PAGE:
In 2009, we had “Geithner-gate”: a string of Obama nominees, including the head of money matters for the country, who were flagged for tax errors, inaccuracies and flat out failing to report income.
Treasury Secretary Timothy Geithner failed to timely pay $34,000 in taxes, citing confusion about his independent contractor status. Geithner ultimately blamed TurboTax for the error, said he was sorry, and was confirmed as Treasury Secretary.
Health and Human Services Secretary Kathleen Sebelius likewise announced that she made “unintentional errors” on her tax returns. Prior to her confirmation, she corrected three years of tax returns and paid more than $7,000 in back taxes.
The prior nominee for Health and Services Secretary, Tom Daschle, did not fare so well. The former Senator from South Dakota failed to disclose more than $325,000 in reportable income and eventually paid an additional $128,203 in federal income taxes, plus $11,964 in interest.
Ron Kirk, Obama’s nomination for U.S. Trade Representative, owed an estimated $10,000 in back taxes at one point. White House spokesman Ben LaBolt referred to the obligations as “a few minor issues.” He was eventually confirmed.
Nancy Killefer withdrew her nomination to become chief performance officer in the Obama administration citing “unspecified tax issues.” Those tax issues turned out to be a $946.69 tax lien on Killefer’s home relating to a failure to pay unemployment compensation tax on household help. The lien was paid off five months after it was filed.
And so it went.
Obama’s administration was blasted from the right and left alike for the embarrassments. Top tax professionals, finance leaders and members of the taxpaying public wondered aloud how so many could get it so wrong. Journalists and bloggers, myself included, alike took to the airwaves, internet and newspapers to decry the failures to timely pay taxes. None were so vocal as Glenn Beck, the widely popular Fox News personality, who referred to the failures as “a culture of corruption among some of the left.” He mocked the excuses of Obama’s nominees, labeling them “tax cheats.”
Beck is the founder and CEO of Mercury Radio Arts, a highly successful multi-media production company, which touts, among other things radio, books and a web site. In 2009, Beck’s Mercury Radio Arts grossed $23 million in revenue. Not bad for… a tax cheat?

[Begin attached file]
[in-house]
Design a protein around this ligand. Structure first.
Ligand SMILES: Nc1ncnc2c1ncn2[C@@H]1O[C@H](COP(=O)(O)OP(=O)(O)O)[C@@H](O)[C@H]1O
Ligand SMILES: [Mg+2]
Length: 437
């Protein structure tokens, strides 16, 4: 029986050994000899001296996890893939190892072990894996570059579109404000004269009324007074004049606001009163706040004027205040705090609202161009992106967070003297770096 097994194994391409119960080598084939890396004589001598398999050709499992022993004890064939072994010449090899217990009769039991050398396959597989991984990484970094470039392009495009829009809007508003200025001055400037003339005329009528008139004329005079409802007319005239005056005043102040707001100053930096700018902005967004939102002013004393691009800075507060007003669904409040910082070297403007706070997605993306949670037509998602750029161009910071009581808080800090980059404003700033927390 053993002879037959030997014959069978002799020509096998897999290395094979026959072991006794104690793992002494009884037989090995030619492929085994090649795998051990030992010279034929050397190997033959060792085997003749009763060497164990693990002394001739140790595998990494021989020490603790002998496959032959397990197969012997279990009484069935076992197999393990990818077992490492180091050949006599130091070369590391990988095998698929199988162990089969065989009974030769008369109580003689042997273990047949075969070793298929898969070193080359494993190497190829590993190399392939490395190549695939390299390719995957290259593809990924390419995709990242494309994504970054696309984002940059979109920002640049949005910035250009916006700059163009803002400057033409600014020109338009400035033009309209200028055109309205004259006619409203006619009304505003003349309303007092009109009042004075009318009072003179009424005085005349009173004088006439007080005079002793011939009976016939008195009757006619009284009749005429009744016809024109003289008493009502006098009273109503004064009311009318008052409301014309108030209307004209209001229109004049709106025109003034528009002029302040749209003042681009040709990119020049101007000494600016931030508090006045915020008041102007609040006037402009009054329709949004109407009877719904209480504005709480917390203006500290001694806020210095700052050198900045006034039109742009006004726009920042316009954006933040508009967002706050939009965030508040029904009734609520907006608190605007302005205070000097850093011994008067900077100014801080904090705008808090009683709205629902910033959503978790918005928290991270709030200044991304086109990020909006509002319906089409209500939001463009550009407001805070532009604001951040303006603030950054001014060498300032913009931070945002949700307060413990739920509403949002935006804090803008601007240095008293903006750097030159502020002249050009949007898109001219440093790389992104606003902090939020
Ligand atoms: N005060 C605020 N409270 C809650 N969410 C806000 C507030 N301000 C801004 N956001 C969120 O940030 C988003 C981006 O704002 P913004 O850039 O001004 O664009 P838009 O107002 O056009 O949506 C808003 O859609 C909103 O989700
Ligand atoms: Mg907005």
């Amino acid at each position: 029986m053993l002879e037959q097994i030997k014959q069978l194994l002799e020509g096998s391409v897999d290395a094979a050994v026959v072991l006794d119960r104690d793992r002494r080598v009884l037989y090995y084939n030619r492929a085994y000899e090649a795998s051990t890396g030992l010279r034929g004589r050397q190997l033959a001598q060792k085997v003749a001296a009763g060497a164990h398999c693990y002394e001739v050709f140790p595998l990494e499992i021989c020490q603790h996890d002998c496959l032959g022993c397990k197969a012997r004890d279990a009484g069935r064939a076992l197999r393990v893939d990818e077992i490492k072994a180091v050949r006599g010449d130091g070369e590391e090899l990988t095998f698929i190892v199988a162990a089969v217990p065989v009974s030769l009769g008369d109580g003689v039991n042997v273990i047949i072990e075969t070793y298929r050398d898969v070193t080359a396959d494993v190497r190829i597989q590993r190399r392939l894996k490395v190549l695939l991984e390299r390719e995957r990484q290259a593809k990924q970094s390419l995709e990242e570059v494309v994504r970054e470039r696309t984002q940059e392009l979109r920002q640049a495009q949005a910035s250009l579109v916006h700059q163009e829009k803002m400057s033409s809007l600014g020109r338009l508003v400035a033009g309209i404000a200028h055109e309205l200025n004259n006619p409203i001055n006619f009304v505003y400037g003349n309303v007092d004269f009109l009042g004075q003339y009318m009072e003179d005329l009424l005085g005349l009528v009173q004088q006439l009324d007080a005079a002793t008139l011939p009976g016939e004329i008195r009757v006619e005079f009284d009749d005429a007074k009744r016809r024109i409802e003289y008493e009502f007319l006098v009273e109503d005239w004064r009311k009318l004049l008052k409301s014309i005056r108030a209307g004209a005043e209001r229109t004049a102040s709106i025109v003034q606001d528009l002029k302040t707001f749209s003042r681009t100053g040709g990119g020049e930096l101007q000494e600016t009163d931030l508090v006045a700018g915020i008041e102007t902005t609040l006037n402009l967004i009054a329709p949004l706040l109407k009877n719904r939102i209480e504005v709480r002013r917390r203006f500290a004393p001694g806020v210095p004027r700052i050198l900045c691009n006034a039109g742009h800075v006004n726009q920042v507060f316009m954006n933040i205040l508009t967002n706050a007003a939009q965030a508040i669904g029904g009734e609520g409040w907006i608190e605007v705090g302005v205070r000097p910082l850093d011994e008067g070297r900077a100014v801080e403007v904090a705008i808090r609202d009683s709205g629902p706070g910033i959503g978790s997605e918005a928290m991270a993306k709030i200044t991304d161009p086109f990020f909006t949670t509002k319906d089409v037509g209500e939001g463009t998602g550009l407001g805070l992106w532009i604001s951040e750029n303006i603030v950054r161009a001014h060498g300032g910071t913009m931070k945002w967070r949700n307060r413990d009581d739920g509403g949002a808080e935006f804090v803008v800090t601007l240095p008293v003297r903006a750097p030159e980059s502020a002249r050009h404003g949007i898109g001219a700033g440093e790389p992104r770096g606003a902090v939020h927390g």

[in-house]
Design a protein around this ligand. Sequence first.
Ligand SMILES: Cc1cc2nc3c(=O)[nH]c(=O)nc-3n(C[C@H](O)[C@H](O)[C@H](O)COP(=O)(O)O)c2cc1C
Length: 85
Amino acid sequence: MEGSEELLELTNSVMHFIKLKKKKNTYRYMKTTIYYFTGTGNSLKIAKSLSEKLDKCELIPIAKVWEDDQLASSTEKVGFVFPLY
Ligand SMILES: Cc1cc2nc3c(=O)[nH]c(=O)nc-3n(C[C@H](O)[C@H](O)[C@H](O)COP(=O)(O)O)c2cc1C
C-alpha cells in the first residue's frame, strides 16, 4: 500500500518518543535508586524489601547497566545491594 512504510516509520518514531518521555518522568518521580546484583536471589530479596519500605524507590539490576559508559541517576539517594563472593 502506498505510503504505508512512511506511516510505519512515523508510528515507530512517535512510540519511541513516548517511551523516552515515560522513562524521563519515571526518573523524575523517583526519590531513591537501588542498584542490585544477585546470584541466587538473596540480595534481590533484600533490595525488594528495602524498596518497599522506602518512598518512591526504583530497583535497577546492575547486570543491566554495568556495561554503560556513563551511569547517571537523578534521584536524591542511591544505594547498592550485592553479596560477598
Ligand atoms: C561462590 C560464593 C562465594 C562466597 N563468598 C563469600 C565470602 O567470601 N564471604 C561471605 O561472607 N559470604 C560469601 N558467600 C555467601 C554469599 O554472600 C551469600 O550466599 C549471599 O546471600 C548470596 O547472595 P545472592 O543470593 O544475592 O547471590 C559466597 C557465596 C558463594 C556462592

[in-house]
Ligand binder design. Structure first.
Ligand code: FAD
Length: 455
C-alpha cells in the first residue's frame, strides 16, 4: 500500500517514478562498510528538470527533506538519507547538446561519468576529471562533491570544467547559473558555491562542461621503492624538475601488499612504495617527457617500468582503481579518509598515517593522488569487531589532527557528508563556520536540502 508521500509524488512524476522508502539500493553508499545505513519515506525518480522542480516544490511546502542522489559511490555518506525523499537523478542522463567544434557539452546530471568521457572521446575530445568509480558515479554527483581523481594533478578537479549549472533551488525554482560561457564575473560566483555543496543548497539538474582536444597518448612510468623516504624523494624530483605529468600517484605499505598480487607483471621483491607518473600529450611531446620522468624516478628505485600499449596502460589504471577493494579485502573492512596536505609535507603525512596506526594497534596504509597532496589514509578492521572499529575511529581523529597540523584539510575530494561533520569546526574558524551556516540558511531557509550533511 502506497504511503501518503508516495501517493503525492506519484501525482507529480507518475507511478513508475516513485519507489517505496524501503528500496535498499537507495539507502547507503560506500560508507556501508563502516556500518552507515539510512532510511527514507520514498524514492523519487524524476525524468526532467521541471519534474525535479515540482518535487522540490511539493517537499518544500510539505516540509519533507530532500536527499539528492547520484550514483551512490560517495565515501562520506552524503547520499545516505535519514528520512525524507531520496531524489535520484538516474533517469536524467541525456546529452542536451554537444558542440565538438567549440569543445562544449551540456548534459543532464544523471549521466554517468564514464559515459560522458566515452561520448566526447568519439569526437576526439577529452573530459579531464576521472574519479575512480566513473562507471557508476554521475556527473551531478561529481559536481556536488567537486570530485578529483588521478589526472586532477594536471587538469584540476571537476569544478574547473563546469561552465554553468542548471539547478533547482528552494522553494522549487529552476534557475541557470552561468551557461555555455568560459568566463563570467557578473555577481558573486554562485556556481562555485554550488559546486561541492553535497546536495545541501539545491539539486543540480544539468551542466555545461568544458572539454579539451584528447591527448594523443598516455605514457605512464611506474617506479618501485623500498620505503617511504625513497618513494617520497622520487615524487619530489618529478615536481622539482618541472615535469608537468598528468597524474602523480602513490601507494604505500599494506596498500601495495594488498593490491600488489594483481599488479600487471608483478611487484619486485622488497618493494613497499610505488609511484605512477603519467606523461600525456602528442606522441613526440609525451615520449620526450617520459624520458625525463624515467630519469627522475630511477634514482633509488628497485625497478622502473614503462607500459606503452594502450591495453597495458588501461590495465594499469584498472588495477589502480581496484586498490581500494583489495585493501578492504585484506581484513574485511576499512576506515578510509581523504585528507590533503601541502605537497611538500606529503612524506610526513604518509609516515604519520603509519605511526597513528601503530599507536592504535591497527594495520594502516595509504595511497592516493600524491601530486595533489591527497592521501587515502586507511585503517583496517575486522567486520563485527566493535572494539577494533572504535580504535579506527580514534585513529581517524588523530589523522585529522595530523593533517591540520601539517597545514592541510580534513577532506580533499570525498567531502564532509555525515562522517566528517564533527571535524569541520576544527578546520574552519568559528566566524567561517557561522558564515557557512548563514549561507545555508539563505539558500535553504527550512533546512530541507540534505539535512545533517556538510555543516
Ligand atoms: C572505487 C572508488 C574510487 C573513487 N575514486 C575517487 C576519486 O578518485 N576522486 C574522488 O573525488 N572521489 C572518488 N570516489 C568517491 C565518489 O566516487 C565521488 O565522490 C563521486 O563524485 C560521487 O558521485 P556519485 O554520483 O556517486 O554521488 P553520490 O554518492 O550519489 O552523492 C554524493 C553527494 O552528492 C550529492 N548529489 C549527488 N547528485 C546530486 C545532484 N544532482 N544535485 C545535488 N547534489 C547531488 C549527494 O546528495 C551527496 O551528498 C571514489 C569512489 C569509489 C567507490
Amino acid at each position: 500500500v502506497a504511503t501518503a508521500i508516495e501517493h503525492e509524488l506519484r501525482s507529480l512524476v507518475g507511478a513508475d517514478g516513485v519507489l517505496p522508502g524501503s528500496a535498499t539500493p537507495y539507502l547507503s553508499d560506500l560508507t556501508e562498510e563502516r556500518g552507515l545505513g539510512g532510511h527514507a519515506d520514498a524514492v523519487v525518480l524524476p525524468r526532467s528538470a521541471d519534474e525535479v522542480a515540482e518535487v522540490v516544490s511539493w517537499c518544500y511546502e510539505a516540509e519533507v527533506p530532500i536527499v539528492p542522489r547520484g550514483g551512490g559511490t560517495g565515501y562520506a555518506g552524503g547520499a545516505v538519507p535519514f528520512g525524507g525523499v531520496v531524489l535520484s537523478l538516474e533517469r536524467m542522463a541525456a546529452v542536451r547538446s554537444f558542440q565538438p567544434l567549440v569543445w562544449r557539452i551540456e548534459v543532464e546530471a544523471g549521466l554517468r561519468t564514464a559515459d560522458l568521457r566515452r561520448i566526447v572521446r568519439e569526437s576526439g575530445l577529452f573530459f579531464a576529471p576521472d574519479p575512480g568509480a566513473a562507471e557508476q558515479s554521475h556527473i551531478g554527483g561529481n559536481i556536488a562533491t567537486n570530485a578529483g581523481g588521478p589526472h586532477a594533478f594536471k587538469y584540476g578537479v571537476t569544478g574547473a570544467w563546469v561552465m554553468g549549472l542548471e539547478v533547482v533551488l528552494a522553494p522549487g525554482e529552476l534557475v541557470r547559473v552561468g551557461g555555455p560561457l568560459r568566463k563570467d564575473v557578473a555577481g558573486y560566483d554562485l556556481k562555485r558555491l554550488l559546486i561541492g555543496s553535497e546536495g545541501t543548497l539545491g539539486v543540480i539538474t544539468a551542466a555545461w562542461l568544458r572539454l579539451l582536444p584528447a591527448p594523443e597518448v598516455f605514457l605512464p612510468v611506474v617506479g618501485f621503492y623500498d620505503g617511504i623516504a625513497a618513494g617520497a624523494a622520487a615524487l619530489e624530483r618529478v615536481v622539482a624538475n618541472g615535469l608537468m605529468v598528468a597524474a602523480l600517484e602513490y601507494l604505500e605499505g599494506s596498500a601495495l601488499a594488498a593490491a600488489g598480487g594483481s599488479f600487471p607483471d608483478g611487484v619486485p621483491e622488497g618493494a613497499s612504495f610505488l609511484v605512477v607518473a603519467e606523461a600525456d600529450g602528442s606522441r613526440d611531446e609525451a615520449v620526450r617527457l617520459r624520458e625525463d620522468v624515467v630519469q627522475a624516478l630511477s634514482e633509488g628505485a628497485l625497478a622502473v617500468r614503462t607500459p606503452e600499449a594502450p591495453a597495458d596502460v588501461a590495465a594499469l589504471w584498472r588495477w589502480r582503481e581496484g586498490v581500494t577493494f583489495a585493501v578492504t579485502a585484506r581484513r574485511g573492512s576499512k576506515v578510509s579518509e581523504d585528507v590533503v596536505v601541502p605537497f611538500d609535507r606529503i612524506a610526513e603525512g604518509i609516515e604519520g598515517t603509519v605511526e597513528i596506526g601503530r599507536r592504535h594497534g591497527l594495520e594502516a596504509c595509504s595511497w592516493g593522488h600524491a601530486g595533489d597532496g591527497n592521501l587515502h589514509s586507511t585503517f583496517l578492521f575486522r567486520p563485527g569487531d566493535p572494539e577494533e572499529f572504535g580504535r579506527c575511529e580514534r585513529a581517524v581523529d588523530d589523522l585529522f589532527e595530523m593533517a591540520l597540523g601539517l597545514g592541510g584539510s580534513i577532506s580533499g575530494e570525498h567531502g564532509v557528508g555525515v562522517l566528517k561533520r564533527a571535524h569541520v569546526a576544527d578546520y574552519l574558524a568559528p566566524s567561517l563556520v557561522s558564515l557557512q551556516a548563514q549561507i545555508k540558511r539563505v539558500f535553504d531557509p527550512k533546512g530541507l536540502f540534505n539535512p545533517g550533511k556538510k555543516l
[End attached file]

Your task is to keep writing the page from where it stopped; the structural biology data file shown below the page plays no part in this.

It turns out that Mercury Radio Arts has committed a few tax errors of its own. The company has previously fallen behind on New York City business income taxes and has been cited for filing errors in two states. In 2007, the company was penalized $10,927.49 for overdue 2006 New York corporation taxes and was later cited for failing to carry worker’s compensation insurance. In 2008, the company used the wrong tax form in Texas, resulting in compliance issues. All three cases were eventually resolved.
To be fair, Mercury Radio Arts’ tax issues were relatively minor and were resolved fairly timely – much like Killefer and Sebelius (I’ll admit that I don’t think there’s any excuse for Daschle).
But perhaps if Beck publicly addressed his own issues for what they are, there could be a positive spin on this. Maybe it could be a talking point about how complicated our tax system has become and how difficult it can be to navigate the system. Killefer and Mercury Radio Arts both ran up against compensation issues related to their employees, a mistake that even accountants make. Geithner faced a rather complicated reporting scheme because of his employment status at the IMF. And Sebelius’ biggest error, like Mercury Radio Arts and its New York workers’ compensation issue, was related to documentation.
It’s easy to point fingers. Beck happens to do it for a living – it’s what made him famous. He has said of the Obama nominees, “I finally found out why liberals don’t mind taxes — they ain’t paying them.”
Notwithstanding whether those mistakes make them fit for office, ultimately each of Geithner, Killefer, Daschle, Sebelius and Kirk acknowledged their tax mistakes and paid any resulting taxes owed – as did Beck’s company. Does that make them all tax cheats, Beck included? I don’t think it does. Perhaps, it simply makes them human.